As predicted, the decision by the Ministry of Health, Mutahi Kagwe, to increase the number of vaccinations among the population has led to numerous complaints within the country. In particular, a petition, filed by entrepreneur Enock Aura, who considered the ordinance unconstitutional and discriminatory, was collected by Judge Anthony Mirima of the High Court of Kenya, who decided to suspend the ordinance until 4 January 2022, when a hearing will be convened to resolve the matter.

The directive was due to come into force on Tuesday 21 December and would have barred unvaccinated people from accessing many government services, such as transport, school or visits to hospitals and prisons, and all public transport drivers had to be vaccinated. In addition, in the wake of the government’s stance, some private services, such as hotels and shopping centres, also announced that they would prevent access to those without vaccination certificates.

The main complaint was that Kenya has a limited number of vaccinated people (8 million vaccinated with the first dose and only 3 million with the second dose), which could have led to a paralysis of the country. In the health ministry’s intentions, the aim was to reach 10 million vaccinations by the end of the year. But according to Mirima, it is not possible to prohibit the inhabitants from moving freely around the country or to prevent the use of services that are financed by the community itself through the payment of taxes.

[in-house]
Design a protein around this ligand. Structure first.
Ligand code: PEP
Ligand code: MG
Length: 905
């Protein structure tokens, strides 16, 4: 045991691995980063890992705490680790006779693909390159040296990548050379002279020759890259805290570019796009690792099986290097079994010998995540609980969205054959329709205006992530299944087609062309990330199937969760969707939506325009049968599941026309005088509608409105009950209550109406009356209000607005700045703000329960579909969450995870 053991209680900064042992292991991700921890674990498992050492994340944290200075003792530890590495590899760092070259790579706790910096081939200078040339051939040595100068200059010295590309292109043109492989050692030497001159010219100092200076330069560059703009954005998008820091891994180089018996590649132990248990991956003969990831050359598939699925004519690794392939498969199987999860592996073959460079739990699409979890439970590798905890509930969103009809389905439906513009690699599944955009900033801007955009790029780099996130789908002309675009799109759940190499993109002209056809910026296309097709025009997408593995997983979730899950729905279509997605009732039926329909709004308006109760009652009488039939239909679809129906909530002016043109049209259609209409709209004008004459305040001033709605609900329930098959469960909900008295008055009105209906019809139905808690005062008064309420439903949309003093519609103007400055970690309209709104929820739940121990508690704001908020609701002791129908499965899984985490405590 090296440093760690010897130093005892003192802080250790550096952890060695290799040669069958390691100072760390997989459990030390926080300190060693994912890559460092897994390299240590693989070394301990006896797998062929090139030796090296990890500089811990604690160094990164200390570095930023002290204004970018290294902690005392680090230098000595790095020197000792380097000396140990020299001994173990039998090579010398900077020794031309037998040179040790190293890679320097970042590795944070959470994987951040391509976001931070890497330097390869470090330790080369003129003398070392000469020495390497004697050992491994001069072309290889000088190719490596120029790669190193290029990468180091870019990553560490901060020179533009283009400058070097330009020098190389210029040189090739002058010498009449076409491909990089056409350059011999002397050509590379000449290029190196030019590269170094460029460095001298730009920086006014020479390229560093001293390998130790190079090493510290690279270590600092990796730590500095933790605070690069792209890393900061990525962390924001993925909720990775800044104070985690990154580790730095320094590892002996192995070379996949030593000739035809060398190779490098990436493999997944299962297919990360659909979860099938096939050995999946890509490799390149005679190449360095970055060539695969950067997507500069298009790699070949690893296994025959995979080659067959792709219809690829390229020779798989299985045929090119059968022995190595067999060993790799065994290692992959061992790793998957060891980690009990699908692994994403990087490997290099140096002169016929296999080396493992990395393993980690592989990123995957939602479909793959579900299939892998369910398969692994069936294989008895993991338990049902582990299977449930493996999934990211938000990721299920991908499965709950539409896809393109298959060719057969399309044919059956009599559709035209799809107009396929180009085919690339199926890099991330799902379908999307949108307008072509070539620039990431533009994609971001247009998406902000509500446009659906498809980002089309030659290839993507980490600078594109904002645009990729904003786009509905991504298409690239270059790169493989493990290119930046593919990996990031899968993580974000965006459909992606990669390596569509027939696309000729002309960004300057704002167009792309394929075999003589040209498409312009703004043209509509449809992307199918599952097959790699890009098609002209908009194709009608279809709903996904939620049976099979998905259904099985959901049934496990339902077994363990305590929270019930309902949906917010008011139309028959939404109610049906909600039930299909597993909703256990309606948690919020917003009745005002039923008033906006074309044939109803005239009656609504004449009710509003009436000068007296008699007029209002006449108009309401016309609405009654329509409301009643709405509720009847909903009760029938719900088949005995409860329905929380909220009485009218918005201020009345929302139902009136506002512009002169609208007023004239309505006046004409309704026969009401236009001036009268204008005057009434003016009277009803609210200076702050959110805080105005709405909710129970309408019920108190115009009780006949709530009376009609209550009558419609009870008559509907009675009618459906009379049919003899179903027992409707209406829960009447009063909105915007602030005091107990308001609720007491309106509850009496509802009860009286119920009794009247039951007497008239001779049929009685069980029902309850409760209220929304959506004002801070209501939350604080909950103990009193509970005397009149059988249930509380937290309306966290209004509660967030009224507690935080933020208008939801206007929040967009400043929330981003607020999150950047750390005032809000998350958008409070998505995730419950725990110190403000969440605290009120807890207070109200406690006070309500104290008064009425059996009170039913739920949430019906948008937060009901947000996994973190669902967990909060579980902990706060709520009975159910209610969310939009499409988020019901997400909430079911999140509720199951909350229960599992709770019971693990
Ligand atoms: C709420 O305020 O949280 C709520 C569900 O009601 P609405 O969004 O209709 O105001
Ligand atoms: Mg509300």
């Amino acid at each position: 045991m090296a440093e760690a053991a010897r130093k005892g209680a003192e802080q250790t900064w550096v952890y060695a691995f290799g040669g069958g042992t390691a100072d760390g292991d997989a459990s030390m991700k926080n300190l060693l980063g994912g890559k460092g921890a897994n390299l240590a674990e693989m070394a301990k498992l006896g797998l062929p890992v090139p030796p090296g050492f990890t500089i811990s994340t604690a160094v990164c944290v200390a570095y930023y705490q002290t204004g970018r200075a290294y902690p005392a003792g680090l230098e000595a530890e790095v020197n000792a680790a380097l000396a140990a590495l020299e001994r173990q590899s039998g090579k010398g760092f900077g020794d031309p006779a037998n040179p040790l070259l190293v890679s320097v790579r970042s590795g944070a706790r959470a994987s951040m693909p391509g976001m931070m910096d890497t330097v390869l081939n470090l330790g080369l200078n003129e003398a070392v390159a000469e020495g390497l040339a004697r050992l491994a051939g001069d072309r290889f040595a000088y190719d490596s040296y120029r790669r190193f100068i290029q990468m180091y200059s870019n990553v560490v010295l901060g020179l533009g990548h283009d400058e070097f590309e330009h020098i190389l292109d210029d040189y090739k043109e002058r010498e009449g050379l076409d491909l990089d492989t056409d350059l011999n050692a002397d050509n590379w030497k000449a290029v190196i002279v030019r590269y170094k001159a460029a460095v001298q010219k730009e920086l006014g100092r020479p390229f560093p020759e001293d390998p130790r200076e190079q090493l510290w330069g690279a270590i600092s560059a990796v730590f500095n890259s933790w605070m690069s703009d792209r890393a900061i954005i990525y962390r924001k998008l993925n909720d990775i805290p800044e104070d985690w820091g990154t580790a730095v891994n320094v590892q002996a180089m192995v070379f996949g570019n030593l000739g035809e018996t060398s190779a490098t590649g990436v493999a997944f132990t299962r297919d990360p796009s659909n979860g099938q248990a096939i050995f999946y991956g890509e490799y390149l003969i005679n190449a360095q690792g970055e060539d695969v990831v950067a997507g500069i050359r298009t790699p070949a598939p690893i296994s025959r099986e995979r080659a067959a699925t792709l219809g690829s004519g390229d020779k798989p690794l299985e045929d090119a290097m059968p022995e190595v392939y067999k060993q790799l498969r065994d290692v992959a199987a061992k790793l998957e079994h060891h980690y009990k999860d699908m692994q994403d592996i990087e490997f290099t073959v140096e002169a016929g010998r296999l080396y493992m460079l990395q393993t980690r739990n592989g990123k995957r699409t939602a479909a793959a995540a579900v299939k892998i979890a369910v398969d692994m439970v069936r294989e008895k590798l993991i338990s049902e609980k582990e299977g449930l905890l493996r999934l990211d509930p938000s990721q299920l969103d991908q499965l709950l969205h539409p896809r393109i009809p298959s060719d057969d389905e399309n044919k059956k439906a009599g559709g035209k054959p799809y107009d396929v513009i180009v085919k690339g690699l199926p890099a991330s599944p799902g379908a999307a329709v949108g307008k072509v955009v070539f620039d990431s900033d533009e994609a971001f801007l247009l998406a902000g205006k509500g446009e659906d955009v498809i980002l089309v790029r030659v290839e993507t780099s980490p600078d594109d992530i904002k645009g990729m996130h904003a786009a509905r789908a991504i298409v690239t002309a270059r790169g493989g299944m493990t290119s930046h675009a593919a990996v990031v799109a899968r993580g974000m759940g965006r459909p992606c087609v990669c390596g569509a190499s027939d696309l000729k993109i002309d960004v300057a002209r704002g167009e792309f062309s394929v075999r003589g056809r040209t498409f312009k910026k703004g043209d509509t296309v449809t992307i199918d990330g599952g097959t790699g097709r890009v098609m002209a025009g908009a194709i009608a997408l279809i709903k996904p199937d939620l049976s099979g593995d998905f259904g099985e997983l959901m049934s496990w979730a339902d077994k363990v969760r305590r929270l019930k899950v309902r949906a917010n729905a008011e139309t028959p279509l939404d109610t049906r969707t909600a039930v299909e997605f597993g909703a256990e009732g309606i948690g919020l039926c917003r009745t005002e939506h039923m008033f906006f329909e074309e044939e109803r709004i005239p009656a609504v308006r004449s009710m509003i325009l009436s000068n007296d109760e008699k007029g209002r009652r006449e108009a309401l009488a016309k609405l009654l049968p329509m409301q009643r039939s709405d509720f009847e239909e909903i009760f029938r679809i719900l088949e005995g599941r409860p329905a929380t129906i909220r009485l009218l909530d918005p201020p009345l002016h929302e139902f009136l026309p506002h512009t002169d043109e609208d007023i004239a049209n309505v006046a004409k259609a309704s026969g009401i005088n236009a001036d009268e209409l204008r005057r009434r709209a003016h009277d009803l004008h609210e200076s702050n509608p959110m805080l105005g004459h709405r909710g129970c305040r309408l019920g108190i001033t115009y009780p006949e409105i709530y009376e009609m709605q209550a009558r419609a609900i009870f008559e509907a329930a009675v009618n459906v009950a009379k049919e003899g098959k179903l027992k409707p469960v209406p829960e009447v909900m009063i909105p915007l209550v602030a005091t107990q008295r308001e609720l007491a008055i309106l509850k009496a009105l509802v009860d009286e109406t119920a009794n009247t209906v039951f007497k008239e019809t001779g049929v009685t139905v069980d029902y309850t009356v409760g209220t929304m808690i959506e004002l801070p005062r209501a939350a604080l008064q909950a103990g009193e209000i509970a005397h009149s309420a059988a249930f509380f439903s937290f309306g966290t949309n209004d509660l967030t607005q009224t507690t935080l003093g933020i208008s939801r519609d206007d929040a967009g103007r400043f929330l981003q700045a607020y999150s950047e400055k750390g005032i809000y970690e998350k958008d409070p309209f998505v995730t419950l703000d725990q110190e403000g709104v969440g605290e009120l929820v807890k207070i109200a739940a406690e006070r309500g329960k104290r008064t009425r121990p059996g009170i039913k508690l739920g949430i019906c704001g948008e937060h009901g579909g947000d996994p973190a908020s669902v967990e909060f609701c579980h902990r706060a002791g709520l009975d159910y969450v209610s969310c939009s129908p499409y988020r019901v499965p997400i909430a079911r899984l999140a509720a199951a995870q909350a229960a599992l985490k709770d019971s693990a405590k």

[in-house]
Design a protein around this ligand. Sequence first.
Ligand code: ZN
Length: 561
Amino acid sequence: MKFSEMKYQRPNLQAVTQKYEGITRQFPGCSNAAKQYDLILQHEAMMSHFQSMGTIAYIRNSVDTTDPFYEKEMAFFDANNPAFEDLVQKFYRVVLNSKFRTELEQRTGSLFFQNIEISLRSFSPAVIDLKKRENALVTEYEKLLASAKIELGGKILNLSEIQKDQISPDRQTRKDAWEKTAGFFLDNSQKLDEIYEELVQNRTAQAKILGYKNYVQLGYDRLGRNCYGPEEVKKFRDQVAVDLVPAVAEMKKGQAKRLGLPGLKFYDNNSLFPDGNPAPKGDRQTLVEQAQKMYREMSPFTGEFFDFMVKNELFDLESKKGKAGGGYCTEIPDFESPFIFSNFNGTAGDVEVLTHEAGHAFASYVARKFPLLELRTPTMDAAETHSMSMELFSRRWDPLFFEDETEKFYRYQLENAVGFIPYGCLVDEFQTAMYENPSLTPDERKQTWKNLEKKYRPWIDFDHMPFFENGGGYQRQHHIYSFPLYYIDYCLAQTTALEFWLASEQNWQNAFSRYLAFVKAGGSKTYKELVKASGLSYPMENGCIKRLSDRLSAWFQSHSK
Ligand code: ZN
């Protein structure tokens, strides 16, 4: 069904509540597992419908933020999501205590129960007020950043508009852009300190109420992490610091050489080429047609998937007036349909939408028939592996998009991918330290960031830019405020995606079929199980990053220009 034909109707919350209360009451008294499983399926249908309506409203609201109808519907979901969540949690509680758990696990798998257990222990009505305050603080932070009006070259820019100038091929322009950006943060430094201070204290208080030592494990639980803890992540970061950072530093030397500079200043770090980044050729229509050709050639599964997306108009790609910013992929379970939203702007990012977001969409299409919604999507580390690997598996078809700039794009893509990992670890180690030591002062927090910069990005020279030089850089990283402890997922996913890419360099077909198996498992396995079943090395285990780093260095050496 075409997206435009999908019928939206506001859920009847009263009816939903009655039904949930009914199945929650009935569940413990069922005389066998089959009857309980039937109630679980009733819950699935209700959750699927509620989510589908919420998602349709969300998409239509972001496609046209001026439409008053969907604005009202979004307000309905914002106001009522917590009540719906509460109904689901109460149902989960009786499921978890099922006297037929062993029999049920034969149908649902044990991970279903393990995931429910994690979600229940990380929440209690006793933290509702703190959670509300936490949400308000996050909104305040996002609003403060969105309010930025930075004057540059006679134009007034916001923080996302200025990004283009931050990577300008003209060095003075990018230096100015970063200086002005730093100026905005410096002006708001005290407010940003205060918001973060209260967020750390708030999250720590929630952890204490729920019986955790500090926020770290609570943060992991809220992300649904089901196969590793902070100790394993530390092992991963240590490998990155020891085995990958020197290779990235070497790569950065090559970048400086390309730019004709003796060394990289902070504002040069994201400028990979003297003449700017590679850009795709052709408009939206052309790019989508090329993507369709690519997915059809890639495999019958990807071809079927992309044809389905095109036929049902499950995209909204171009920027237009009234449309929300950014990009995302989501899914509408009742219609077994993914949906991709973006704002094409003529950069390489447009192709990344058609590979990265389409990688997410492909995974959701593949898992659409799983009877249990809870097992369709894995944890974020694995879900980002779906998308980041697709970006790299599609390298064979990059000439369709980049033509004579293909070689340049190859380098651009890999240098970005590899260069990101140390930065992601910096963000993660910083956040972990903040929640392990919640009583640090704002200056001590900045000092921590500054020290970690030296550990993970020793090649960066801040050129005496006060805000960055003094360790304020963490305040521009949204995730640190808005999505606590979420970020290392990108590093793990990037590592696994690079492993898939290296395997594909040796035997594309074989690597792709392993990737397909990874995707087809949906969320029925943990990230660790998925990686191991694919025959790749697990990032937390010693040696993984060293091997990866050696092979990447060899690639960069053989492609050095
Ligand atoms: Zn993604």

In the meantime, the country is organising itself to cope with a new epidemic wave, the fifth, due to the global spread of omicron variant. With this in mind, some experts working with the Ministry of Health are urging the population to proceed with the third dose, the appeal being aimed mainly at those most at risk in this new wave, such as the elderly and frail persons.


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